Wednesday 22nd November, 2017
9
51 ℉ | 80 ℉Arizona City
at-least-9-drown-in-flash-flood-in-arizona-canyon
Nine people have drowned and a teenaged boy is missing after a flash flood swept over a popular swimming spot in a river in the western U.S. state of Arizona, authorities said Sunday.

The flood swept through a canyon on the Verde River inside Tonto National Forest, about 145 kilometers northeast of Phoenix, late Saturday.

There was no warning before a wall of water hit the swimmers.

'They had no warning. They heard a roar, and it was on top of them,'' said Ron Sattelmaier, chief of the fire and medical district around Water Wheel Falls, Arizona.

Rescuers recovered three bodies Saturday and six more on Sunday, when they also said a 13-year-old boy was still missing.

Four adults and five children drowned. The Arizona Republic said officials on the scene believed all were members of the same extended family.

Up to 4 centimeters of rain from an intense thunderstorm had fallen during one hour in a remote area about 14 kilometers upstream, local authorities said. The storm surge of water, swollen by debris from recent wildfires, reached a narrow canyon where people were taking refuge from the summer heat. The river burst its banks and overwhelmed the swimmers.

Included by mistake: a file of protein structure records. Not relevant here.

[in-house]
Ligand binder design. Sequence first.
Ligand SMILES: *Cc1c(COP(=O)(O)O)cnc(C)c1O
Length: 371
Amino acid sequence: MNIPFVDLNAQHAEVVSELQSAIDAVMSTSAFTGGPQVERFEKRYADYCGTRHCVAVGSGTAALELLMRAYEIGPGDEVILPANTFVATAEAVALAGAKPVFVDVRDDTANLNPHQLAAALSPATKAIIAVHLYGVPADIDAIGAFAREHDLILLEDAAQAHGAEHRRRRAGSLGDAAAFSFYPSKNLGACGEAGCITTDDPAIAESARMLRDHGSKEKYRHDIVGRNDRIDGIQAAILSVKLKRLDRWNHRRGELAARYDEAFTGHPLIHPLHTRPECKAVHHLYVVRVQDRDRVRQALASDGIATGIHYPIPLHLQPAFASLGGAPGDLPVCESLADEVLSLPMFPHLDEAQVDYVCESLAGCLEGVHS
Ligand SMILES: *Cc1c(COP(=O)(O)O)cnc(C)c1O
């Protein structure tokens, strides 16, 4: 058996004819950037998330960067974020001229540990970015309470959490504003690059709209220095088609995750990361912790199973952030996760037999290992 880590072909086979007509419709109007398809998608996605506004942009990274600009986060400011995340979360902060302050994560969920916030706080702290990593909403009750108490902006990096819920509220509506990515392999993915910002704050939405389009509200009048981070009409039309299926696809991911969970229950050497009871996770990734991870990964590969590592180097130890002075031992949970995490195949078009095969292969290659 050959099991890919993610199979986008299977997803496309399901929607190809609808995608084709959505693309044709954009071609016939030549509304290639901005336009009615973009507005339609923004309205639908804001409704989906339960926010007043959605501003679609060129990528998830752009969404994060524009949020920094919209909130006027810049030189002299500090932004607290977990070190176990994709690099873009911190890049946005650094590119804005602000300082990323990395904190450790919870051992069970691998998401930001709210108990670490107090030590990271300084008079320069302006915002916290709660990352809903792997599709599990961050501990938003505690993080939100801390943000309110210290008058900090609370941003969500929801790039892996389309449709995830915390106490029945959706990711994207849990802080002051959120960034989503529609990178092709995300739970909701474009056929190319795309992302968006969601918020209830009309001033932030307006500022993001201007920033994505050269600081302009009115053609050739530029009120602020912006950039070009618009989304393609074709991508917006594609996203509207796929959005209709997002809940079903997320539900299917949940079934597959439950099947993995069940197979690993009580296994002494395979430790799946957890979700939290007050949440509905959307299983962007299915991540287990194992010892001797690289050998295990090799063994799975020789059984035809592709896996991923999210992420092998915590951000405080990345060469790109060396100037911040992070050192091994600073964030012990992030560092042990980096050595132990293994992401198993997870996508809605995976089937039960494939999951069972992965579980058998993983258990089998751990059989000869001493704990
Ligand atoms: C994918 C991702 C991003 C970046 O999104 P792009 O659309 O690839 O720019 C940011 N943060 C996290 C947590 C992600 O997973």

One of the first responders told a reporter a black wall of water almost two meters high and more than 10 meters wide rushed through the narrow canyon at nearly 80 kilometers per hour.

A hundred or more people people may have been relaxing in the water at the time, but authorities said late Sunday they were confident everyone had been accounted for, apart from the missing teenager. Witnesses said survivors clung to trees as the water rose around them.

The severe thunderstorm that caused the sudden flood pounded down on an area charred by a recent wildfire, which left a deep burn scar on ground where pine trees, foliage and ground dust would normally absorb rain.

'If it's an intense burn, it creates a glaze on the surface that just repels water,'' said Darren McCollum, a meteorologist.

The National Weather Service had issued a specific flash-flood warning about an hour and a half before the tragedy in Tonto National Forest unfolded.

Most of Arizona is under flash flood watch until Monday evening, and the regional NWS center in Phoenix warned that 'heavy rains can produce flash flooding of low lying, normally dry areas such as washes.'

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